Make 21st Century Violence Free: Dalai Lama To World Leaders

Make 21st Century Violence Free: Dalai Lama To World Leaders

5 June 2010
The Daily Excelsior
Sanjeev Pargal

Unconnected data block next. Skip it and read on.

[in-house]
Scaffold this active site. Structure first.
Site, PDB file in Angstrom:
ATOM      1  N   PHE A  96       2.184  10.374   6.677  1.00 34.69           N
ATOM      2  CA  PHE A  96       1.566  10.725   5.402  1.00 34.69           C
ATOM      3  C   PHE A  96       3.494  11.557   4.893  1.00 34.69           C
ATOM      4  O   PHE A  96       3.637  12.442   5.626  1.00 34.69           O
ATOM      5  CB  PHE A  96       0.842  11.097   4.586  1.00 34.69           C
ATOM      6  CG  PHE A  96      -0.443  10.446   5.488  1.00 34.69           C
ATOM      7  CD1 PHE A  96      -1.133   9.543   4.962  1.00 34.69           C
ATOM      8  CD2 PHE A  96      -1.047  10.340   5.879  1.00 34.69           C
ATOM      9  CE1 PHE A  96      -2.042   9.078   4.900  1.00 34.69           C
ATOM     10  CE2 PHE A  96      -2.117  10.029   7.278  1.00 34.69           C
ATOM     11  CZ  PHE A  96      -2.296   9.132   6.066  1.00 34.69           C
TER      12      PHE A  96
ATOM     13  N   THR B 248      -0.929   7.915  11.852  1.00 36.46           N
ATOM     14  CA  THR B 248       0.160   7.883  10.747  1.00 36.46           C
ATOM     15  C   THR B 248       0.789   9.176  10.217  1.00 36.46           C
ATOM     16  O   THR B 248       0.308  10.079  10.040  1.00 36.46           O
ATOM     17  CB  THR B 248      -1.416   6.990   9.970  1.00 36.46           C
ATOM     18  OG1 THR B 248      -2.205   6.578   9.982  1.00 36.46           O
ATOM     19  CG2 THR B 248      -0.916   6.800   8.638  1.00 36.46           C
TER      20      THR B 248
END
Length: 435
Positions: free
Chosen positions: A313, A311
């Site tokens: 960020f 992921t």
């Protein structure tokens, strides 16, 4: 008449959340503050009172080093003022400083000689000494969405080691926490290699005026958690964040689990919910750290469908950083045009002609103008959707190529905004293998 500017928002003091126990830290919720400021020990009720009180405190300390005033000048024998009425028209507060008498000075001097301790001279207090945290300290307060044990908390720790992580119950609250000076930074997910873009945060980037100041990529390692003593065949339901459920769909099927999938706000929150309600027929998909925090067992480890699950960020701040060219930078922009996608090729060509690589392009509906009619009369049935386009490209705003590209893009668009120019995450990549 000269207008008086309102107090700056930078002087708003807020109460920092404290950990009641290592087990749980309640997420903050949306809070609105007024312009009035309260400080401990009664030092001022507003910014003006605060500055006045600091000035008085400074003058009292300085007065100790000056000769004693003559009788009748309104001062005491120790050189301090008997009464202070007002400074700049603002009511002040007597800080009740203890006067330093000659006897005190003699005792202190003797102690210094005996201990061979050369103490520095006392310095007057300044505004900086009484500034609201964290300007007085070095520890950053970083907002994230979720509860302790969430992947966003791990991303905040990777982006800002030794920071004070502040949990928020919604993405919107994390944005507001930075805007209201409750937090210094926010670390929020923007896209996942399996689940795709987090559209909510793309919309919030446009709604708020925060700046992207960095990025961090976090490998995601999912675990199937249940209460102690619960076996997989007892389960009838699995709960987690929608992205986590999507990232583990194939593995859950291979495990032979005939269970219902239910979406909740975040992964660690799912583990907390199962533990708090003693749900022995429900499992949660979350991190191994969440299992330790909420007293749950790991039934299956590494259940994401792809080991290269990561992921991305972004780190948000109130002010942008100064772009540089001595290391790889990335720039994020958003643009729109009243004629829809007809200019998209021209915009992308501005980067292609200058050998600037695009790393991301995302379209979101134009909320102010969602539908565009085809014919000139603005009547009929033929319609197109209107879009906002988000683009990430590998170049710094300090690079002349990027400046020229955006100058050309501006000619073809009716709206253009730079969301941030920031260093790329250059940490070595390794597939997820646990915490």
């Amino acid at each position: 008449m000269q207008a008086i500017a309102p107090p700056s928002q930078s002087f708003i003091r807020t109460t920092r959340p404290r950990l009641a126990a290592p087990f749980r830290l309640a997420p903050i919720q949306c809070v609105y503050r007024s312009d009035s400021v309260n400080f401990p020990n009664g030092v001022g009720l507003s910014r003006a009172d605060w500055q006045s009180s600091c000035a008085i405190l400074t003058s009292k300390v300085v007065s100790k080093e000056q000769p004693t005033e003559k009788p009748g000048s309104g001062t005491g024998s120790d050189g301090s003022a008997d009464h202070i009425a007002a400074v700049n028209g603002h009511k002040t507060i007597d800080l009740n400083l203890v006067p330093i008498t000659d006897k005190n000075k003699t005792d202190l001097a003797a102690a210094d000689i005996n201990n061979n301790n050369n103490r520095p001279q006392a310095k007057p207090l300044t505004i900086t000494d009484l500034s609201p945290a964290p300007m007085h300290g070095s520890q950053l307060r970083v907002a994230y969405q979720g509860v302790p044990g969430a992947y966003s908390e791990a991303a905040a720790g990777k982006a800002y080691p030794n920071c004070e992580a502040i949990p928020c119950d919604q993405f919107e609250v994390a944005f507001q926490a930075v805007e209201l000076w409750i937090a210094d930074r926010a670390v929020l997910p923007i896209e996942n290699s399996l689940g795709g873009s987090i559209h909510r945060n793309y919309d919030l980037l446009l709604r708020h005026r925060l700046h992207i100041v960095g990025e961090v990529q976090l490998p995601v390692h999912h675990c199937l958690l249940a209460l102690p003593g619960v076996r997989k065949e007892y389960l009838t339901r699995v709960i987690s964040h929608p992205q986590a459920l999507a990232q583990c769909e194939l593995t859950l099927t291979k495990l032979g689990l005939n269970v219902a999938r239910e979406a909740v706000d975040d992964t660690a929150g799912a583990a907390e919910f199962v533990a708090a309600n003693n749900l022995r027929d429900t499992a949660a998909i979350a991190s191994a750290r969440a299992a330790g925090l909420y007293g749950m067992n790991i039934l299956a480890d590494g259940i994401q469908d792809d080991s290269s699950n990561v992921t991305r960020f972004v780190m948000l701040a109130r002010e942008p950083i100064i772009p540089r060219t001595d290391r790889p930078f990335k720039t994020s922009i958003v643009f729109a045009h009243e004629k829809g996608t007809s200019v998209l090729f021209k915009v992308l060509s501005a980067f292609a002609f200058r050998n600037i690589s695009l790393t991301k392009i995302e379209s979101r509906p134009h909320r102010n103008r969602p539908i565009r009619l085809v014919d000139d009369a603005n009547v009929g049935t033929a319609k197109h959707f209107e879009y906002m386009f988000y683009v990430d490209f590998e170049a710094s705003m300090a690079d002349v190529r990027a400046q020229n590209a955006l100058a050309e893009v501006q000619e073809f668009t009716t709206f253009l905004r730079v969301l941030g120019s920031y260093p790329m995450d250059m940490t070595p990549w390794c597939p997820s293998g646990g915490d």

Jammu: Noting that 20 crore lives were lost the world over due to violence in 20th century, Tibetan spiritual leader Dalai Lama today called upon the world leaders to make 21st century violence free. Addressing a multi-religious congregation at mountain locked village Gulabgarh in Paddar area of Kishtwar district today after his arrival from Dharamsala, Dalai Lama accompanied by Chief Minister Omar Abdullah, president of Himalayan Buddhist Cultural Society (HBCS) and other Buddhist leaders, said it was duty of the world leaders to come forward to bring to an end the violence the world over, which was taking many lives. In his 11 minutes speech in Buddhist language which eventually lasted 22 minutes as it was translated in Hindi by a monk, the Tibetan leader said India is an example of ‘ahimsa’ and ‘shanti’ (non-violence and peace) and the world should follow it. 'I’ve been in India for last 58 years. People of all religions have lived united and peacefully. Though problems did crop up occasionally, the nation withstood them and presented a perfect example of peace and non-violence’’, Dalai Lama said as his address was heard by the gathering drawn from Buddhist dominated Ladakh, Dharamsala, other parts of Himachal Pradesh and Jammu and Kishtwar. Paddar block, bordering Zanskar valley of Kargil district, has a population of about 7000 Buddhists. Pointing out that science and technology was developing very fast in 21st century, the spiritual leader observed that violence in some parts of the world was also a big problem, which is required to be addressed peacefully. 'There is a peaceful solution to every problem’’, he maintained without referring to any issue. Speaking to his followers amid very tight security arrangements in militancy infested Kishtwar district, Dalai Lama admired social fabric in India where the people following different faiths were living together. 'People in India live without any conflict. This is a good symbol’’, he said advocating the path of peace and non-violence. He said he will hold special prayers in Gulabgarh for peace in the world especially Jammu and Kashmir. He was on his first visit to Kishtwar district though he had earlier visited Ladakh. He also had a word of advice for the people of Kishtwar district, infested by the militancy. He called upon them to continue with their rich multi-cultural heritage and maintain religious harmony and tranquility at all costs. Dalai Lama recalled his meetings with late Sheikh Mohammad Abdullah and Dr Farooq Abdullah, both former Chief Ministers of J&K and grandfather and father of Chief Minister Omar Abdullah. He said he enjoyed good relations with both Kashmiri leaders. The Tibetan spiritual leader landed at Udhampur from Dharamsala at about 9 am where he was received by Chief Minister Omar Abdullah. From Udhampur, they flew to Gulabgarh where a number of Cabinet Ministers, political, religious and social leaders besides the Buddhists decked up in traditional dresses welcomed the spiritual leader singing and dancing. Entire Gulabgarh village had been spruced up by the local people for past several days to welcome Dalai Lama on his first visit. After receiving warm welcome from the people, the Tibetan leader and the Chief Minister along with others visited the Gompa in Gulabgarh and offered prayers. The two leaders also inter-acted for about 15 minutes. After his address, Dalai Lama and other Buddhist leaders had an inter-active session at a four storeyed Buddhist centre specially constructed by the Himalayan Buddhist Cultural Society for the visit of Tibetan leader. He will have a night halt at Gulabgarh and will again offer prayers tomorrow morning besides meeting the Buddhist leaders and local people. He will fly back to Dharamsala tomorrow afternoon. Authorities had made tight security arrangements for the two-day visit of Dalai Lama to Gulabgarh. Though the area is free from militancy, it’s surroundings still have presence of some Hizbul Mujahideen militants. A large number of CRPF and police personnel had been deployed in entire Paddar area and surrounding mountains for the visit of Tibetan leader. Chief Minister Omar Abdullah, welcoming Dalai Lama on his arrival in Paddar, described him as 'the Messenger of Peace'. The Chief Minister said people of Paddar were eagerly waiting for the Dalai Lama's visit to this area. 'I congratulate you for this occasion,' Mr Abdullah said and wished well being and prosperity to them and the people of the State as a whole. He said J&K symbolised communal harmony, brotherhood and secular democratic temperament. The people of the State have lived in an atmosphere of amity since ages respecting each others faiths and cultural diversity,' he said and called for preserving and conserving this rich ethos and heritage. Describing Dalai Lama as 'Shanti Doot (Messenger of Peace)', Mr Abdullah said peace and détente are the subjects of global significance in present day world scenario and every human being is equally important stake holder in global peace and tranquility. Tolerance, co-existence and mutual understanding of each others views are imperative to create a peaceful order in the society and live in an atmosphere of brotherhood and harmony, he asserted.


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